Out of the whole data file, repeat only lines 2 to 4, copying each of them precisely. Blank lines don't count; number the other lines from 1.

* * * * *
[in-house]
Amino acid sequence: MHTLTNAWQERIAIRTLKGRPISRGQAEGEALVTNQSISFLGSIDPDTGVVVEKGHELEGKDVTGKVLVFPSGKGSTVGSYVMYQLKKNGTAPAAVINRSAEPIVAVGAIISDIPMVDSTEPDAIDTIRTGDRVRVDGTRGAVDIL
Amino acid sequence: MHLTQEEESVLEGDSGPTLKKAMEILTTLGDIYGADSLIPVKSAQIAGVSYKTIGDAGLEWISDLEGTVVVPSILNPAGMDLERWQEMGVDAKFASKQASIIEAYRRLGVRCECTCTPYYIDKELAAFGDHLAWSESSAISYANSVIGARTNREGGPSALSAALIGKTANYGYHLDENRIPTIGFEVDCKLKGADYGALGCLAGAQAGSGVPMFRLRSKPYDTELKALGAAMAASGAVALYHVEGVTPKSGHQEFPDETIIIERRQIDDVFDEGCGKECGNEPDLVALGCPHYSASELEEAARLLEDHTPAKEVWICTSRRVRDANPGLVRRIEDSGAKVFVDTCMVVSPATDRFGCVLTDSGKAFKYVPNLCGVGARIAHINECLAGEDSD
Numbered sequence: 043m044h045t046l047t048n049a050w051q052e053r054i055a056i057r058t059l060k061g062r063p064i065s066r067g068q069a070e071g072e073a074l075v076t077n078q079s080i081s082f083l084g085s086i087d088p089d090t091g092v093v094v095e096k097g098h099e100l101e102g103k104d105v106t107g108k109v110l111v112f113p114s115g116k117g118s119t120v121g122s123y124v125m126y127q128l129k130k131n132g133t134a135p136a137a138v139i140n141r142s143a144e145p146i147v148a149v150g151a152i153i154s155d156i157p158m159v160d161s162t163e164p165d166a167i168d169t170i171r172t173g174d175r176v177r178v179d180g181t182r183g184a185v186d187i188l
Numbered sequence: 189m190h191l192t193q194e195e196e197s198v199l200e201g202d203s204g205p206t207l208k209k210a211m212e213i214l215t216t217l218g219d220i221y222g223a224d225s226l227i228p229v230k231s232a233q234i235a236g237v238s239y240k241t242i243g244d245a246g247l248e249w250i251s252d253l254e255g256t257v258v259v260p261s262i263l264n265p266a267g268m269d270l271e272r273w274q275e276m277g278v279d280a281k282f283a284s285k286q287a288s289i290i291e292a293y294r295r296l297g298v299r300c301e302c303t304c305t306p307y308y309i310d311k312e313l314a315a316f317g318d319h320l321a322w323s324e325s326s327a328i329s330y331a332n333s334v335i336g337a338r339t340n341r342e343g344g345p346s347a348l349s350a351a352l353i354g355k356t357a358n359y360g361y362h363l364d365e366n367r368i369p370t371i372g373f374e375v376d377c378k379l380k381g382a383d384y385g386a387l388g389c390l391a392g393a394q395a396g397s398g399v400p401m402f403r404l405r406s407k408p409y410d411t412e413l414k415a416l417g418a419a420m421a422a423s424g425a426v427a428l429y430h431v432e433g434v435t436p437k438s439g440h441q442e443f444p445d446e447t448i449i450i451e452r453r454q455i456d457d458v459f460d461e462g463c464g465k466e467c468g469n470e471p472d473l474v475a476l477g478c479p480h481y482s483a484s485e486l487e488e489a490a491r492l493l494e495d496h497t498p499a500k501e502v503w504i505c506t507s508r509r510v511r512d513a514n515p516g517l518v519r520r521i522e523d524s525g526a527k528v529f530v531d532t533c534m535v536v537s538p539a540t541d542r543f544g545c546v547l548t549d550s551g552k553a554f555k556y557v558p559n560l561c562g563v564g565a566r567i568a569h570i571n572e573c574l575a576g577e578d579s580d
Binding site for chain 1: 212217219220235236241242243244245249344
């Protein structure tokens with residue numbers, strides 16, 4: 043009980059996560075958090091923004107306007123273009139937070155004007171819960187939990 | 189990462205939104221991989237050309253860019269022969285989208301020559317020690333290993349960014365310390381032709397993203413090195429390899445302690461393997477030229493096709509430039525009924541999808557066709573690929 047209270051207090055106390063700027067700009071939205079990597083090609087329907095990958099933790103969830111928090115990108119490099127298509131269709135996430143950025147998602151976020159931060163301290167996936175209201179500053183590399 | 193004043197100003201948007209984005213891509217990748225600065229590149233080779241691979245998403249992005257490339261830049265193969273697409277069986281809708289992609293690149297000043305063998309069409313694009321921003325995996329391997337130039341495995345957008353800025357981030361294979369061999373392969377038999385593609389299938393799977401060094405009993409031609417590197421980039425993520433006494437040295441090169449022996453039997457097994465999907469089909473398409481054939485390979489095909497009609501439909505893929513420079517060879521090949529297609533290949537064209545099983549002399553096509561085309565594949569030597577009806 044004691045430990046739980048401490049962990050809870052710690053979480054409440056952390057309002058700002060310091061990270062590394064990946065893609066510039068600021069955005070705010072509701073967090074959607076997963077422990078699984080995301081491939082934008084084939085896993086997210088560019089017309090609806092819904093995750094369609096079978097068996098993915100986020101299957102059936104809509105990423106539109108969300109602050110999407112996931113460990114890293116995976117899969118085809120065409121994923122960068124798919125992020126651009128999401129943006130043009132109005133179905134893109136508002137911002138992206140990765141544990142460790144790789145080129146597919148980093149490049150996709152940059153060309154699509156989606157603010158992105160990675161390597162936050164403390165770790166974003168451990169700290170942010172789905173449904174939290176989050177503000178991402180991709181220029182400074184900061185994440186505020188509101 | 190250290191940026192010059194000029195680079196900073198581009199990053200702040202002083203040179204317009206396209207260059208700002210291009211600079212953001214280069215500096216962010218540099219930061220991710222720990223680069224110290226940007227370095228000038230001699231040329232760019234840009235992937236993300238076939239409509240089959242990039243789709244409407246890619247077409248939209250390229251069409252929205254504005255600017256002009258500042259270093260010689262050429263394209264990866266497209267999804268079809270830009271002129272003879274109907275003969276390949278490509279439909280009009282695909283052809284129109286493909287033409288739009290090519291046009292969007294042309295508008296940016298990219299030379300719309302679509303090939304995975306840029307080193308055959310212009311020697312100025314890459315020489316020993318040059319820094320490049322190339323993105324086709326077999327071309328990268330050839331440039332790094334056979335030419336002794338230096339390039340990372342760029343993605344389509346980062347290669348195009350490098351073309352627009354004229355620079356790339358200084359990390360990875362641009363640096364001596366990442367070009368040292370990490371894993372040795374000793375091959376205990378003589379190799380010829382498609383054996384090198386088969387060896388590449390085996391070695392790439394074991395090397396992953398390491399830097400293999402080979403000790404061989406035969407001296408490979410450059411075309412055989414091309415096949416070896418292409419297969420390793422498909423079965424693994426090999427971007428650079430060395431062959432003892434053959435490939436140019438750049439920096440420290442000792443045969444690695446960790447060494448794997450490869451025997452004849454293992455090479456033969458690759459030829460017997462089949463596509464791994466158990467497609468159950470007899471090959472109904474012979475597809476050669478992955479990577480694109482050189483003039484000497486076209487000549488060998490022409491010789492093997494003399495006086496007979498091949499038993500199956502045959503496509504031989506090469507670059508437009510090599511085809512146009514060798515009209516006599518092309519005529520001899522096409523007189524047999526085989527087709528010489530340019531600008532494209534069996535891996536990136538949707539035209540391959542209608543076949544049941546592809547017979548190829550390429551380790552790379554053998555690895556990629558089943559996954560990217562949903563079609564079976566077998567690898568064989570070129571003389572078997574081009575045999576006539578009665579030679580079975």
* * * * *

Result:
Amino acid sequence: MHTLTNAWQERIAIRTLKGRPISRGQAEGEALVTNQSISFLGSIDPDTGVVVEKGHELEGKDVTGKVLVFPSGKGSTVGSYVMYQLKKNGTAPAAVINRSAEPIVAVGAIISDIPMVDSTEPDAIDTIRTGDRVRVDGTRGAVDIL
Amino acid sequence: MHLTQEEESVLEGDSGPTLKKAMEILTTLGDIYGADSLIPVKSAQIAGVSYKTIGDAGLEWISDLEGTVVVPSILNPAGMDLERWQEMGVDAKFASKQASIIEAYRRLGVRCECTCTPYYIDKELAAFGDHLAWSESSAISYANSVIGARTNREGGPSALSAALIGKTANYGYHLDENRIPTIGFEVDCKLKGADYGALGCLAGAQAGSGVPMFRLRSKPYDTELKALGAAMAASGAVALYHVEGVTPKSGHQEFPDETIIIERRQIDDVFDEGCGKECGNEPDLVALGCPHYSASELEEAARLLEDHTPAKEVWICTSRRVRDANPGLVRRIEDSGAKVFVDTCMVVSPATDRFGCVLTDSGKAFKYVPNLCGVGARIAHINECLAGEDSD
Numbered sequence: 043m044h045t046l047t048n049a050w051q052e053r054i055a056i057r058t059l060k061g062r063p064i065s066r067g068q069a070e071g072e073a074l075v076t077n078q079s080i081s082f083l084g085s086i087d088p089d090t091g092v093v094v095e096k097g098h099e100l101e102g103k104d105v106t107g108k109v110l111v112f113p114s115g116k117g118s119t120v121g122s123y124v125m126y127q128l129k130k131n132g133t134a135p136a137a138v139i140n141r142s143a144e145p146i147v148a149v150g151a152i153i154s155d156i157p158m159v160d161s162t163e164p165d166a167i168d169t170i171r172t173g174d175r176v177r178v179d180g181t182r183g184a185v186d187i188l